That red-letter day in the tech-enthusiast’s calendar is here again. A new iPhone has landed. Number seven, this time, looking pretty much identical to number six though it’s now available in black and jet-black, and its newly unfettered headphones have become much easier to lose.
But while the nerds grow giddy at the prospect of waterproof housing and six-element camera lenses, and biddable consumers everywhere just shrug and go, “yeah, I’ll probably buy that,” as their iPhone sixes start to feel outdated and lumpen in their pockets, I’m looking down at the phone I carry, thinking: “FFS, this will only make it worse.”
You see, my phone is old, if not in years then at least in design. It is categorically un-smart, and, as such, each evolution of cutting-edge phone technology brings it one step closer to sorry obsolescence.
It is already an object of persistent, almost daily, ridicule. I am supposed to feel embarrassed by its antiquated exterior, its cumbersome, turn-of-the-millennium form.
Mea culpa: It’s a Nokia 130.
It’s the sort of phone most everyone had at one time or another. A small LCD screen displays time, date, signal strength and battery-life. On mine these digits and icons are all super-imposed on some saturated pixels of an orange daisy. Underneath is arrayed a keypad of 17 buttons. Among its myriad specifications are an FM radio and a revamped version of that game Snake. It has a flashlight!
Some personal touches: a fractal of condensation has invaded one corner of the display, residue from that time my year-old son chose to employ it as a teething-aid; a fretwork of scuffs and scratches on the casing testify to its longevity. There is no Whatsapp, no email, no Faceswap, no Clash of Clans.
My life does not feel in the least way diminished for the absence of these things.
Often, I use it to ring another human, thereby fulfilling the primary function of phones, before that function was superseded by the need to snap photos unremittingly, or hunt Charmanders and Bulbasaurs in the sad virtual universe of a 1990s children’s RPG.
Yes, I am one of an ever-dwindling number of people who obdurately refuse to get a smartphone.
Why? Well, having an old phone does have its advantages.
I can drop it, as I often do intentionally to demonstrate its resilience to some uncomprehending smartphone condescender, and it continues to function. If I drop it from high enough, the back flips off and the battery falls out, as if those ingenious Nokia designers, now fidgeting in dark factories bemoaning their bygone industry dominance, had engineered a crumple-system into their schematics. Lose it, and I’ll get another for a handful of pocket-change. My bill is less than $10 a month. The battery lasts for five days.
And until recently, these doughty qualities seemed explanation enough to the ranks of smirking smartphone devotees who queued up to query my choice of mobile.
Recently, though, a tipping-point was breached. To judge from the reactions the phone has started to provoke, from friends, from strangers, from people on the street, owning an old-style Nokia now marks me out as some sort of social transgressive — a bizarre anachronism in a sea of modernity.
“Oh no, have you broken your phone?” people ask sympathetically, when they spot it on the pub table, as if I am a hapless driver whose insurance company, in lieu of my broken-down BMW, has provided me with a bust-up Robin Reliant.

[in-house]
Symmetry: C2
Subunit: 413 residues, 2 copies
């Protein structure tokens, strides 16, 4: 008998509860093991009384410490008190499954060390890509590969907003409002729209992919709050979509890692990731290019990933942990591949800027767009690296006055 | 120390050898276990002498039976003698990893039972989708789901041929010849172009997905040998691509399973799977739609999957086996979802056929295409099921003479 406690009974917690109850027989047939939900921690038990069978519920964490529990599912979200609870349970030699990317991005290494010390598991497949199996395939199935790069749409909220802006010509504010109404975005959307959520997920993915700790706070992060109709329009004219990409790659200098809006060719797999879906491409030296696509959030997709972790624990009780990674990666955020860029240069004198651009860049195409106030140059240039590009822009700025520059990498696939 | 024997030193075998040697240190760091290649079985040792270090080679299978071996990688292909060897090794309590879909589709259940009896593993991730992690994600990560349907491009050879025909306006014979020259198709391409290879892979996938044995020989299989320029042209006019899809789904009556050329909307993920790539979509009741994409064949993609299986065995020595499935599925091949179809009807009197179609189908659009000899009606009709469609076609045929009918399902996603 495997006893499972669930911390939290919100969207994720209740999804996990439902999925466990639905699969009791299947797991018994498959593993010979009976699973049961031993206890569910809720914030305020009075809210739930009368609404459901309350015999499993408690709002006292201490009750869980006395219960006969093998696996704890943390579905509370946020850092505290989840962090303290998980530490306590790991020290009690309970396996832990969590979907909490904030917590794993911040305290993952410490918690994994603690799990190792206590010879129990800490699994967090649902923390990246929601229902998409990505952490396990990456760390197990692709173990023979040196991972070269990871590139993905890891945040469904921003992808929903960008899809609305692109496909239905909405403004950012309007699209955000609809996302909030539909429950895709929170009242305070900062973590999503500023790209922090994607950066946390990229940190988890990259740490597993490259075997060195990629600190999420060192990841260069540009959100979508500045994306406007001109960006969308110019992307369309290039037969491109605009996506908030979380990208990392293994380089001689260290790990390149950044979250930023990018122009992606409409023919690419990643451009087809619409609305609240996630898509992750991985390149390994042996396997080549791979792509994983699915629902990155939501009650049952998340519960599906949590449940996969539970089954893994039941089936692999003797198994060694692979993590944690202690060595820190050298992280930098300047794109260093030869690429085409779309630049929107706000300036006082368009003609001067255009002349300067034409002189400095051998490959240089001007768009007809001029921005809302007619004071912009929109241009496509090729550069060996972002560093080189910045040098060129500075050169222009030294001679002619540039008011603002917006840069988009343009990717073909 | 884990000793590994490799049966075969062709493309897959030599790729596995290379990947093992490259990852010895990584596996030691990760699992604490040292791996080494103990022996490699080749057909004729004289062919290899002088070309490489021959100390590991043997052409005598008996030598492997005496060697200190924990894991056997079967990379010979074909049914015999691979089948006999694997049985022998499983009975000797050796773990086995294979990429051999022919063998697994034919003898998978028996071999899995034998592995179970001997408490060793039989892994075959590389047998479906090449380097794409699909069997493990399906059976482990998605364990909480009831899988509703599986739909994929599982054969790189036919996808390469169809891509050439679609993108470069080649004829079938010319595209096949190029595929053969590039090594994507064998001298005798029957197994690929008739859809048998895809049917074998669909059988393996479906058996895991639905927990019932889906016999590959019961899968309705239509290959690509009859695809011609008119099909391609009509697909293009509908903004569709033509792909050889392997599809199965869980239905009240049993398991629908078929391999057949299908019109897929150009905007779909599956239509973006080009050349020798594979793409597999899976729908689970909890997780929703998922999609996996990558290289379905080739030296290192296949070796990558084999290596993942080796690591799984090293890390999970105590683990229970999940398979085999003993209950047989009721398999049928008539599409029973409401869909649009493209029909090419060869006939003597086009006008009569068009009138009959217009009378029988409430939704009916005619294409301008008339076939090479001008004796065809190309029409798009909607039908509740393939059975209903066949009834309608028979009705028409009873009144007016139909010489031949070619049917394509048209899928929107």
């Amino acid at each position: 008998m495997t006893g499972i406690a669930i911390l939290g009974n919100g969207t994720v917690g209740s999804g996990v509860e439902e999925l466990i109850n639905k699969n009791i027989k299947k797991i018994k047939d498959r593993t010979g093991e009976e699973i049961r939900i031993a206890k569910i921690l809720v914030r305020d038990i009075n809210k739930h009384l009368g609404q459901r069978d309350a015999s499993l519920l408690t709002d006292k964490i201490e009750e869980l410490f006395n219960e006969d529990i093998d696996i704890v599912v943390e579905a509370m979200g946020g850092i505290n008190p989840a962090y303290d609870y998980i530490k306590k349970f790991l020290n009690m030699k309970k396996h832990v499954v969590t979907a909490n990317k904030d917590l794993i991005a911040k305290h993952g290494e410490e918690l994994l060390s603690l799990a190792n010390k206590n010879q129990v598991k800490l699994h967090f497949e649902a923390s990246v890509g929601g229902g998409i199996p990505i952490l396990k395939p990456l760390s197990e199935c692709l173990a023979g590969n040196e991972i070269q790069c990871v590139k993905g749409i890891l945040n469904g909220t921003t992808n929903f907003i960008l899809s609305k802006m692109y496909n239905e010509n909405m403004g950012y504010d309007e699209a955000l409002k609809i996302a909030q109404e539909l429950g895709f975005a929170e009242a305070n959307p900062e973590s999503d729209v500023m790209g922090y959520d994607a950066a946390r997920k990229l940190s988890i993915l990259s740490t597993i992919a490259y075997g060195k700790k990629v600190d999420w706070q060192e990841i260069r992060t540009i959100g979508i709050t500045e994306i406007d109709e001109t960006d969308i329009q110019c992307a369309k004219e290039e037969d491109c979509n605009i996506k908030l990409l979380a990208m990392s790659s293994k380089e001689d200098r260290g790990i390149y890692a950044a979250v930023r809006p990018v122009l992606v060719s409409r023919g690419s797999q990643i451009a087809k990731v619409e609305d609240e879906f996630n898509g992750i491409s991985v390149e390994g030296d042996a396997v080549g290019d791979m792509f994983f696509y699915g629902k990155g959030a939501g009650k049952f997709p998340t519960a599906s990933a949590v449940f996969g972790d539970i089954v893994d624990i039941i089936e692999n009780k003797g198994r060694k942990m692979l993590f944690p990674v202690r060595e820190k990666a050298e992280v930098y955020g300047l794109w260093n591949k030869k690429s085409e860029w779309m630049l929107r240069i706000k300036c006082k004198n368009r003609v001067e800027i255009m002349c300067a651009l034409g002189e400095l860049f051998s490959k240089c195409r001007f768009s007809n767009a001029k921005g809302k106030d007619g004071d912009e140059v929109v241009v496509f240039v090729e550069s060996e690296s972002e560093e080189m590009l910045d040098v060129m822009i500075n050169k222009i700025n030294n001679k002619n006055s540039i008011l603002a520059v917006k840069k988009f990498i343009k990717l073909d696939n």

“No,” I reply, pluckily. “This is my actual phone.”
Brief puzzlement gives way to incomprehension as the truth dawns: that I opt to eschew the miracles of smartphone technology by choice.
“Oh,” they say, their brow furrowed, their interest in further conversation wilted. I’m pretty sure I’d draw less incredulity if I dressed in periwinkles and drove a horse-and-cart.
It’s not that I’m blind to the benefits of smartphones. If I’m with you, and some mystery needs unravelling, I’ll doubtless pester you to look up the answer on-line. Often, if my partner’s assumed control of the television, I’ll snaffle her iPhone (this drives her nuts) to seek distraction from the blatherings of some Real Housewives or other. When it suits me, I’m a smart-phone scrounger.
But, even as the prices of older models plunge and the society around us becomes ever more calibrated to the smartphone-user, I’m loathe to actually own one.
This really isn’t about nostalgia. It’s because, quite simply, smartphones are too much. Many of us, if pushed, would confess a lurking anxiety about our increasingly prosthetic attachment to computers, to the web, to screens. But the computer cannot pursue us out the door; the laptop, while portable, has limitations on its utility.
There’s something about a smartphone’s extraordinary convenience — its answers for every question, its maps of every street, all sitting there in your pocket or blinking on the bedside table, every minute of every day — that disconcerts just as much as it amazes. They belong on that growing list of innovations, like Twitter, plastic surgery and internet porn, that come to shape society too fast for us to assess the full implications.
And because I am compulsive by nature, I worry that my transformation from carefree Luddite to modern-day zombie would be swift and absolute. Give me a week with a smartphone, and I’ll be stumbling into oncoming traffic, falling off cliffs, forfeiting bed-time reading in favour of a final half-hour blast of Bejeweled.
I guess I’m scared that a four-inch display will become my principal portal through which to observe the world.
So for now I’ll remain part of my vanishing tribe. As long as non-smartphones exist that’s what I’ll carry, safe in the knowledge that, when the time comes — when the seas have engulfed the coasts and the land has turned to desert, and all you can hear are the echoes of the bombs and the keening of orphaned children — my Nokia will still, inexplicably, have a signal.
What’s that? Your battery’s run out?
Need to make a call?